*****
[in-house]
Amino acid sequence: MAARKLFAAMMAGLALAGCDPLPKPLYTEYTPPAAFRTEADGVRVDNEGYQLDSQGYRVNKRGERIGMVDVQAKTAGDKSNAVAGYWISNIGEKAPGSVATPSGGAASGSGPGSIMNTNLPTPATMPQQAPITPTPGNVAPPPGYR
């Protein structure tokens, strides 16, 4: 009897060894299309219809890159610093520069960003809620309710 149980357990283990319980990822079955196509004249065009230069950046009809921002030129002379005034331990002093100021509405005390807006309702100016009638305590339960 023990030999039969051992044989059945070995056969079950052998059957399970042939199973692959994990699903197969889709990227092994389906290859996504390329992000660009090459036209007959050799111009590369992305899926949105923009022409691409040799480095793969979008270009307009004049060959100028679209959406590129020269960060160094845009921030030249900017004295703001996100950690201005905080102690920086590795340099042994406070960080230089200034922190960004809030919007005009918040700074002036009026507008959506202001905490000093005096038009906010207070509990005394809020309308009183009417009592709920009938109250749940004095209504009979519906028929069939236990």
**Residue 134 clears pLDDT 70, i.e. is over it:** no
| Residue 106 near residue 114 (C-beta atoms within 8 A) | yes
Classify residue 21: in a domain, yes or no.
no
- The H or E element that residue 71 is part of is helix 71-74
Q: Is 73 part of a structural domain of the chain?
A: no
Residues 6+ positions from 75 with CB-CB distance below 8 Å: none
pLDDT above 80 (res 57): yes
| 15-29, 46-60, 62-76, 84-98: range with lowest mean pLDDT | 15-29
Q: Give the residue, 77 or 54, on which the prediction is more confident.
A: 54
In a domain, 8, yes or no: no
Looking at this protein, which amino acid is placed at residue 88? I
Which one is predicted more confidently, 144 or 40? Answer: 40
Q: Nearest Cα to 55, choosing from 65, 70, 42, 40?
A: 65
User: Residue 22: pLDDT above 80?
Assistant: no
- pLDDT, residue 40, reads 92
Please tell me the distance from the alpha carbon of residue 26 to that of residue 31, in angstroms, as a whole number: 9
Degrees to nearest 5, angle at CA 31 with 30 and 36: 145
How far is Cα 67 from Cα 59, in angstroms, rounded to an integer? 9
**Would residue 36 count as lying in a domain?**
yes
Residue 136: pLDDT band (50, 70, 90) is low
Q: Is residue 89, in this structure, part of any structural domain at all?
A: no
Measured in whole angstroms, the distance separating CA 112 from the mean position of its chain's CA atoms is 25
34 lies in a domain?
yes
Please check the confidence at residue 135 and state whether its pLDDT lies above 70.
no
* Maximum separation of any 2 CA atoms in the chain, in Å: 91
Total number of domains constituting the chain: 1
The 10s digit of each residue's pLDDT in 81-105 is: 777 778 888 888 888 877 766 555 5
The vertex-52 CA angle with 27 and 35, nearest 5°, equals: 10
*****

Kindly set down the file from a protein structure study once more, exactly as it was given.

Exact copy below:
[in-house]
Amino acid sequence: MAARKLFAAMMAGLALAGCDPLPKPLYTEYTPPAAFRTEADGVRVDNEGYQLDSQGYRVNKRGERIGMVDVQAKTAGDKSNAVAGYWISNIGEKAPGSVATPSGGAASGSGPGSIMNTNLPTPATMPQQAPITPTPGNVAPPPGYR
């Protein structure tokens, strides 16, 4: 009897060894299309219809890159610093520069960003809620309710 149980357990283990319980990822079955196509004249065009230069950046009809921002030129002379005034331990002093100021509405005390807006309702100016009638305590339960 023990030999039969051992044989059945070995056969079950052998059957399970042939199973692959994990699903197969889709990227092994389906290859996504390329992000660009090459036209007959050799111009590369992305899926949105923009022409691409040799480095793969979008270009307009004049060959100028679209959406590129020269960060160094845009921030030249900017004295703001996100950690201005905080102690920086590795340099042994406070960080230089200034922190960004809030919007005009918040700074002036009026507008959506202001905490000093005096038009906010207070509990005394809020309308009183009417009592709920009938109250749940004095209504009979519906028929069939236990």
**Residue 134 clears pLDDT 70, i.e. is over it:** no
| Residue 106 near residue 114 (C-beta atoms within 8 A) | yes
Classify residue 21: in a domain, yes or no.
no
- The H or E element that residue 71 is part of is helix 71-74
Q: Is 73 part of a structural domain of the chain?
A: no
Residues 6+ positions from 75 with CB-CB distance below 8 Å: none
pLDDT above 80 (res 57): yes
| 15-29, 46-60, 62-76, 84-98: range with lowest mean pLDDT | 15-29
Q: Give the residue, 77 or 54, on which the prediction is more confident.
A: 54
In a domain, 8, yes or no: no
Looking at this protein, which amino acid is placed at residue 88? I
Which one is predicted more confidently, 144 or 40? Answer: 40
Q: Nearest Cα to 55, choosing from 65, 70, 42, 40?
A: 65
User: Residue 22: pLDDT above 80?
Assistant: no
- pLDDT, residue 40, reads 92
Please tell me the distance from the alpha carbon of residue 26 to that of residue 31, in angstroms, as a whole number: 9
Degrees to nearest 5, angle at CA 31 with 30 and 36: 145
How far is Cα 67 from Cα 59, in angstroms, rounded to an integer? 9
**Would residue 36 count as lying in a domain?**
yes
Residue 136: pLDDT band (50, 70, 90) is low
Q: Is residue 89, in this structure, part of any structural domain at all?
A: no
Measured in whole angstroms, the distance separating CA 112 from the mean position of its chain's CA atoms is 25
34 lies in a domain?
yes
Please check the confidence at residue 135 and state whether its pLDDT lies above 70.
no
* Maximum separation of any 2 CA atoms in the chain, in Å: 91
Total number of domains constituting the chain: 1
The 10s digit of each residue's pLDDT in 81-105 is: 777 778 888 888 888 877 766 555 5
The vertex-52 CA angle with 27 and 35, nearest 5°, equals: 10